became clear to all that this was a known location for dangerous flash
flooding. Overhead, crossing the river was a thick, braided wire cable,
and on my side was a padlocked, hand operated wooden bench on pulleys.
tested the lock and unsuccessfully looked for a hidden key. I could do
nothing to break the chain and shrugged in defeat as the gang shouted
undecipherable suggestions over the whitewater.
I don't recall
whether it was Lorin not wanting to be made fun of for forgetting the
old timers admonitions about this stream crossing, or not wanting his
Mongoose charges to be stuck out in the rain all night. Ever
resourceful, Lorin went off into the brush to search for options. He
came back with a stout guava branch, shaped in a "Y" with branches that
he placed over the cable and wove together to make a seat. I was
laughing so hard as Lorin hauled himself over the raging river, foot by
foot, that I stayed warm. I did not comprehend till later, how
dangerous it would have been for Lorin, had the branch or cable
To make a long story short, we all enjoyed hours of
laughter in the crowded, steamy cabin that night. Lorin and his
Mongooses safe, dry and fed. For many camping trips after that
incident, Lorin would grin, shake his head and say, "Sheesssh. At least
I replaced the lock that I smashed to release that wooden bench."
adventurous explorations were many, eagerly anticipated and thoroughly
enjoyed. One was my first time up to Lake Waiau on Mauna Kea. Several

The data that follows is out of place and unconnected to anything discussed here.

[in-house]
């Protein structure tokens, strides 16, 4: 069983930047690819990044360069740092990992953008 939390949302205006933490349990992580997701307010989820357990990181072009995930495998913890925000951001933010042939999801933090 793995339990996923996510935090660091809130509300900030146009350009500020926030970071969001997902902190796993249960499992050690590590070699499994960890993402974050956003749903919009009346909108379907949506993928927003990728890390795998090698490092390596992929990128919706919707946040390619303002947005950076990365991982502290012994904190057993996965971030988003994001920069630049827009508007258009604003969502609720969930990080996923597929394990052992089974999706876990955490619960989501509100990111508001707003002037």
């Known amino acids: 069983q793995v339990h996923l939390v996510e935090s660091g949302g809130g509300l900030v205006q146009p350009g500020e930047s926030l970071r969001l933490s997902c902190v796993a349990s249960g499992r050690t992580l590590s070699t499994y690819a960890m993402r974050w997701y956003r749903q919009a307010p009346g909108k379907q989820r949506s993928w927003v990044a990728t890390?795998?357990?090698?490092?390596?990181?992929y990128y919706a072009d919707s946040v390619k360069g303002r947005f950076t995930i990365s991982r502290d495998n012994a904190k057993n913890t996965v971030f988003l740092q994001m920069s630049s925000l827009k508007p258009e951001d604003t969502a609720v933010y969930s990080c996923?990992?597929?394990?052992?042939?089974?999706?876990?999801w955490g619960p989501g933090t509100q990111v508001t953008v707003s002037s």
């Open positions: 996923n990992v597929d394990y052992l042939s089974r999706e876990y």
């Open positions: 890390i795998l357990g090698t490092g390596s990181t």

times we experienced the serene chain of cabins in Haleakala Crater. We
twice bounced up Hualalai's rutted 4x4 road to the summit cabin (the
first time in 1979). We counted at least three trips with Calvin Harada
and his dad exploring the first Hawaiian settlement around Waiahukini
cabin tucked in on the lee of South Point. There were two memorable
valley trips along the Molokai North shore. We eagerly ascended Mauna
Loa several times, where Lorin, with his 65 lb pack, finally set aside
his beloved tabies.
One further reflection about Lorin.
happened in Hilo, on the front yard of Cathy Lowder's old house on
Manono St. on a cloudless perfect morning. We were packing up the gear
of the just arrived Mongoose Oahu contingent and readying for the
arduous Mauna Loa summit cabin trail. In those days, passengers to Hilo
used the old Lyman Airport facilities, but that was still very close to
Cathy. Lorin paused, sighed in contentment, as he looked at the two
proudly massive mountains basking in the early morning sun. He was
purring in his Lorin way, delighted with the magnificence before him.
not live here, like us recently transplanted Oahuans and see this all
the time?" I asked. He furrowed his brows for a second and then
responded by saying he could not live on the Big Island, the views of
the Mountains would mesmerize him and he would spend all his time
marveling at their beauty.
All the hikes and backpack trips we
undertook with Lorin, were full of laughter, learning and beauty.
Mahalo Lorin, we will treasure those times with you in Nature, always.